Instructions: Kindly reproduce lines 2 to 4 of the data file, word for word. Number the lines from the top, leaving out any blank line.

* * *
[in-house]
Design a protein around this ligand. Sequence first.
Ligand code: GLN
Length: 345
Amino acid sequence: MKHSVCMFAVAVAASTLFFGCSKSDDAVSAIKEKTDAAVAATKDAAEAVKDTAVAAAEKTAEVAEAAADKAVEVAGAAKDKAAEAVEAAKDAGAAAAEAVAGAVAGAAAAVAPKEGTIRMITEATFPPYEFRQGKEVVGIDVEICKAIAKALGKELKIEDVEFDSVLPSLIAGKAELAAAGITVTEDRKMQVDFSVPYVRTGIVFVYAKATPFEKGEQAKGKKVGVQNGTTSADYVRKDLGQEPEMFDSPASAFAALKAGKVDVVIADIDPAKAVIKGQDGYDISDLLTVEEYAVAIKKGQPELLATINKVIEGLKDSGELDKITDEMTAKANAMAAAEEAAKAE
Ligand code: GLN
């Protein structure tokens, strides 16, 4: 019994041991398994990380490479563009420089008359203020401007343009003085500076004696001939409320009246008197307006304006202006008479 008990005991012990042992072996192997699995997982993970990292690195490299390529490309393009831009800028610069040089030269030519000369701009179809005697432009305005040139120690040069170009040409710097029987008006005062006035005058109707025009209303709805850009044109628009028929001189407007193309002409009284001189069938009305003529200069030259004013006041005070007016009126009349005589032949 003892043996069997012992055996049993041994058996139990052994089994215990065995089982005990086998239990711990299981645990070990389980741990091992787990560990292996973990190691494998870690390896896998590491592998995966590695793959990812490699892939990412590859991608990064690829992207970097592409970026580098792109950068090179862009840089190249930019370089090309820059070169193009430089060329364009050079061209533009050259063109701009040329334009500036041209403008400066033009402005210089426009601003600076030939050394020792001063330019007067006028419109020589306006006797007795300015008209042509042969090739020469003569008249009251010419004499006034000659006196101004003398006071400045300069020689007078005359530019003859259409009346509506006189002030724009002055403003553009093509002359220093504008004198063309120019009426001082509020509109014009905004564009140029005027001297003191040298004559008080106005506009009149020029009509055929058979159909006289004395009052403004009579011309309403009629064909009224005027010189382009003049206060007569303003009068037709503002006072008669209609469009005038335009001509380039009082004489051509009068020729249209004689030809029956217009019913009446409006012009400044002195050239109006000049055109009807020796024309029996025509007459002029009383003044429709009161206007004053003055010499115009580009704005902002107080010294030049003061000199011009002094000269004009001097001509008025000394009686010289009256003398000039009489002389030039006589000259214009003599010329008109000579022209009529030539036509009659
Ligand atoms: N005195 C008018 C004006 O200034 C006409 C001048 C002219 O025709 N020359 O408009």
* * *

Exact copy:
Design a protein around this ligand. Sequence first.
Ligand code: GLN
Length: 345